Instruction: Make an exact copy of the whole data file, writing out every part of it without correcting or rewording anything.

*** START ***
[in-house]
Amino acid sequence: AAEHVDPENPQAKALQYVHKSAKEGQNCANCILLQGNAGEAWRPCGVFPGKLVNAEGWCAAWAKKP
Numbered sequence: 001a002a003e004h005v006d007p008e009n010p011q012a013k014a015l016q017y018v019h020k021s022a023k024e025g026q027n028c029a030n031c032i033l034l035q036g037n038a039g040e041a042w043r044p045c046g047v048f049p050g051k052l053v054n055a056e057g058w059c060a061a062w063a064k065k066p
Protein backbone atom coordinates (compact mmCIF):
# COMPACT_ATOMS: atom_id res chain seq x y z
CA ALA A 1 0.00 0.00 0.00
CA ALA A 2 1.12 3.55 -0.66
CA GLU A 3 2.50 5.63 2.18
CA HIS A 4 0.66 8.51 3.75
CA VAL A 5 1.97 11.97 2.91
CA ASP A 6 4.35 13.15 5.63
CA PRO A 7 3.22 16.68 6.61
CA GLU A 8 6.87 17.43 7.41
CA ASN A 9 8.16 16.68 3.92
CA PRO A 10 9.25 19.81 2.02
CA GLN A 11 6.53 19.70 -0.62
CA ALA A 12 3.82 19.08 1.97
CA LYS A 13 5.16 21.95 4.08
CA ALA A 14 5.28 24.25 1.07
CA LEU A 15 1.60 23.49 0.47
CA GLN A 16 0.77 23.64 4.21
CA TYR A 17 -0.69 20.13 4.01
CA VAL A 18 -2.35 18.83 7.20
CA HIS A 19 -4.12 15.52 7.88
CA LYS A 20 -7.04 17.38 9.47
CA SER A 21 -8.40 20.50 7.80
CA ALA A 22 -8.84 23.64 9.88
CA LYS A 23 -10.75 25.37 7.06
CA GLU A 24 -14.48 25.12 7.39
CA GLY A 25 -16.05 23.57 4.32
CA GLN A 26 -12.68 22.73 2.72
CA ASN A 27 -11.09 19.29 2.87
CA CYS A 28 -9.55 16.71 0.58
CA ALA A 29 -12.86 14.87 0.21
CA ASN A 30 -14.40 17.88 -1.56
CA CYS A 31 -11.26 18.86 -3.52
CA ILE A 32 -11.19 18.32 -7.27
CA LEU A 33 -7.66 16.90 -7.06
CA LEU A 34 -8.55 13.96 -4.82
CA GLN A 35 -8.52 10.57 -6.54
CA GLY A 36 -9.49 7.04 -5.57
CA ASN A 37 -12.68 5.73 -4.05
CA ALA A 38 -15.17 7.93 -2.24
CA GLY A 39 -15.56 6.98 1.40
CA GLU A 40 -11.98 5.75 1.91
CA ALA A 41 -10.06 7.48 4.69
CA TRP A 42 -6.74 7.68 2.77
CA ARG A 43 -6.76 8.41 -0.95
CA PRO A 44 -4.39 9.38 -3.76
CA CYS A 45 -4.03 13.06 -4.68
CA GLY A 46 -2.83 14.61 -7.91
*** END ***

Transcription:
[in-house]
Amino acid sequence: AAEHVDPENPQAKALQYVHKSAKEGQNCANCILLQGNAGEAWRPCGVFPGKLVNAEGWCAAWAKKP
Numbered sequence: 001a002a003e004h005v006d007p008e009n010p011q012a013k014a015l016q017y018v019h020k021s022a023k024e025g026q027n028c029a030n031c032i033l034l035q036g037n038a039g040e041a042w043r044p045c046g047v048f049p050g051k052l053v054n055a056e057g058w059c060a061a062w063a064k065k066p
Protein backbone atom coordinates (compact mmCIF):
# COMPACT_ATOMS: atom_id res chain seq x y z
CA ALA A 1 0.00 0.00 0.00
CA ALA A 2 1.12 3.55 -0.66
CA GLU A 3 2.50 5.63 2.18
CA HIS A 4 0.66 8.51 3.75
CA VAL A 5 1.97 11.97 2.91
CA ASP A 6 4.35 13.15 5.63
CA PRO A 7 3.22 16.68 6.61
CA GLU A 8 6.87 17.43 7.41
CA ASN A 9 8.16 16.68 3.92
CA PRO A 10 9.25 19.81 2.02
CA GLN A 11 6.53 19.70 -0.62
CA ALA A 12 3.82 19.08 1.97
CA LYS A 13 5.16 21.95 4.08
CA ALA A 14 5.28 24.25 1.07
CA LEU A 15 1.60 23.49 0.47
CA GLN A 16 0.77 23.64 4.21
CA TYR A 17 -0.69 20.13 4.01
CA VAL A 18 -2.35 18.83 7.20
CA HIS A 19 -4.12 15.52 7.88
CA LYS A 20 -7.04 17.38 9.47
CA SER A 21 -8.40 20.50 7.80
CA ALA A 22 -8.84 23.64 9.88
CA LYS A 23 -10.75 25.37 7.06
CA GLU A 24 -14.48 25.12 7.39
CA GLY A 25 -16.05 23.57 4.32
CA GLN A 26 -12.68 22.73 2.72
CA ASN A 27 -11.09 19.29 2.87
CA CYS A 28 -9.55 16.71 0.58
CA ALA A 29 -12.86 14.87 0.21
CA ASN A 30 -14.40 17.88 -1.56
CA CYS A 31 -11.26 18.86 -3.52
CA ILE A 32 -11.19 18.32 -7.27
CA LEU A 33 -7.66 16.90 -7.06
CA LEU A 34 -8.55 13.96 -4.82
CA GLN A 35 -8.52 10.57 -6.54
CA GLY A 36 -9.49 7.04 -5.57
CA ASN A 37 -12.68 5.73 -4.05
CA ALA A 38 -15.17 7.93 -2.24
CA GLY A 39 -15.56 6.98 1.40
CA GLU A 40 -11.98 5.75 1.91
CA ALA A 41 -10.06 7.48 4.69
CA TRP A 42 -6.74 7.68 2.77
CA ARG A 43 -6.76 8.41 -0.95
CA PRO A 44 -4.39 9.38 -3.76
CA CYS A 45 -4.03 13.06 -4.68
CA GLY A 46 -2.83 14.61 -7.91